Take my wife
The Henry Youngman joke ("Take my wife. Please.") does not contain wit and is, therefore, not a one-liner. If he was the king of one-liners, maybe there's a better example.--Chrisbotic 21:40, 13 December 2005 (UTC)
- To explain a joke means it isn't right for the audience. See, take this perticular person... Please, 'cause I don't want him anymore.
- As you can clearly tell, the "take" is first used as meaning "for example", then used as meaning "obtain possesion of". Got it? 22.214.171.124 18:06, 23 July 2006 (UTC)
No. This is not true. It is a one-liner, but it is in two sentences. Which is irrelevant, but pertinent at the same time. — Preceding unsigned comment added by 126.96.36.199 (talk) 23:35, 1 May 2015 (UTC)
Laid end to end
"If all the girls who attended the Yale prom were laid end to end, I wouldn't be a bit surprised."
- I don't really understand that quote.. help me out?
The joke impugns the virtue of the girls at Yale. It relies on an understanding of the slang meaning of the word "laid" (to have sexual relations). RolandStJude 04:05, 18 June 2006 (UTC)
This is a sexist joke. It implies that women attend Yale College on a regular basis, which is not true. They are all men in drag. — Preceding unsigned comment added by 188.8.131.52 (talk) 23:39, 1 May 2015 (UTC)
Need sources for definition and scope
I've twice removed attempts to broaden the scope of this article to include action/adventure quips like "Yippie-ki-yay, motherfucker" and "I'm a little tied up right now", not only because they don't meet the classic idea of a one-liner joke (which includes the set-up and resolution in a single line), but also because the broadening seems to be more of an excuse to add a bunch of popular movie quotes rather than to discuss and delimit the subject.
Clearly, what we need here are some reliable sources for the factual information about the concept of "one-liner joke". These should provide one or more definitions, some history, and notable uses. Only within that context would it be appropriate to cite specific examples. Currently, we seem to have it backward — minimal factual info and the danger of making this a never-ending list. I'm too bogged down in the real world to do proper research for these sources, but I can help vet and format the citations if anyone else wants to take a crack at it. ~ Jeff Q (talk) 19:36, 25 November 2007 (UTC)
- This is not sourced info, but let me try to point out the difference between a quip and a "one-liner". Notice the two one-liners mentioned above — Youngman's famous "Take my wife… please" and Parker's nearly-as-famous "If all the girls who attended the Yale prom were laid end to end, I wouldn't be a bit surprised". In each case, there is a "set-up", which expresses a common idea, then a "twist" that takes the statement in a different direction than expected. (I'm sure there are proper terms for these two parts, but I don't recall them off-hand.) Youngman turns an apparent introduction to a chat about his wife into a plea to get rid of her, amazingly with only four words — perhaps the most succinct one-liner ever. Parker sounds like she's going to make a common analogy to express a large quantity, then shifts it into an insult, as RolandStJude says.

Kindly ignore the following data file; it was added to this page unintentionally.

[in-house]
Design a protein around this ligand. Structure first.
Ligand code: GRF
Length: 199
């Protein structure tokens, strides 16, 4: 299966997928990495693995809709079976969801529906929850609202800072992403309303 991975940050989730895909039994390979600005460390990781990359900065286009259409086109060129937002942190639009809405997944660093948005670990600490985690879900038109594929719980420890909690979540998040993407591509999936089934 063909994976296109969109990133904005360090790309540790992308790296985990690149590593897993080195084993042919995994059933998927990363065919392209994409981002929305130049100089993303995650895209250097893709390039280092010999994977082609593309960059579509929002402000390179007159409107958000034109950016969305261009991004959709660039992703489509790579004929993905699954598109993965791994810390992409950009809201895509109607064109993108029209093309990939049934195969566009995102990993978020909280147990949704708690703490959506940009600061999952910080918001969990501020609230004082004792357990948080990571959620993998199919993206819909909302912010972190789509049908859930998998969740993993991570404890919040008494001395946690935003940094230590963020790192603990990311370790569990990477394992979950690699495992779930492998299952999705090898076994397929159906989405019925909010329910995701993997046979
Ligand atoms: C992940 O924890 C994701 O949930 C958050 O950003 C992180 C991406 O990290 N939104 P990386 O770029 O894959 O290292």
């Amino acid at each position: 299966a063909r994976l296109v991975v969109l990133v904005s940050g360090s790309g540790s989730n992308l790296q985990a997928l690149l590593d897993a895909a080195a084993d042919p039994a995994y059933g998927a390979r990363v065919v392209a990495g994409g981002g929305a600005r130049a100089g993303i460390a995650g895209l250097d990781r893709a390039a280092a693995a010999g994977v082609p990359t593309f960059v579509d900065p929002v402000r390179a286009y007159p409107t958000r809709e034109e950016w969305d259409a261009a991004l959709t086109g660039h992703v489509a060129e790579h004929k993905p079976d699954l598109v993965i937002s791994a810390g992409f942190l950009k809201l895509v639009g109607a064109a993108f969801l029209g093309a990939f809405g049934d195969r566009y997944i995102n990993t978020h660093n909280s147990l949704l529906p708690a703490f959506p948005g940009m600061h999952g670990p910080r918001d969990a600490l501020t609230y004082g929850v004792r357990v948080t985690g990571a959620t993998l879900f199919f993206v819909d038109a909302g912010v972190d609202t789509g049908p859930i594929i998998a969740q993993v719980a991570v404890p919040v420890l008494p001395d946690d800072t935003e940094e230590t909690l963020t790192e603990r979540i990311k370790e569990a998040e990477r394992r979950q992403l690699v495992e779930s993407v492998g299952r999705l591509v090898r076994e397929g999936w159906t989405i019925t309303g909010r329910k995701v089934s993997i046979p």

- Not every one-liner has a clearly divided set-up and twist. Marx's description of politics ("the art of looking for trouble, finding it everywhere, diagnosing it incorrectly, and applying the wrong remedies") takes a nominally serious list of characteristics and inserts insults into each of them. But it's still a form of twisting an ordinary idea into a joke in a single sentence.
- Contrast these with "I'm a little tied up right now" and "Let off some steam". These quips are not self-contained, as a joke must be. They require a situational set-up that is not part of the quote.
- I imagine the confusion comes from the fact that many one-liners and quips both include forms of punning, in which key words or phrases are meant to be interpreted in more than one way for humorous effect. But one-liners aren't just sentences with a pun; they're self-contained jokes with a specific twist in perspective. At least that's how I see it. I hope this helps. ~ Jeff Q (talk) 20:03, 25 November 2007 (UTC)
- By the same token, why is Bruce Campbell listed among the examples in this article? He is an action-movie star, and not a comedian or author. Yes, he frequently plays characters who deliver one-liners, but there's just a fundamental difference between spontaneously quipping the kind of things that Dorothy Parker did, vs. delivering a scripted line. A subtle difference, maybe, but the two things are not the same. GuySperanza (talk) 02:44, 9 January 2010 (UTC)
Alcohol isn’t the answer to everything but atleast it makes you forget the question.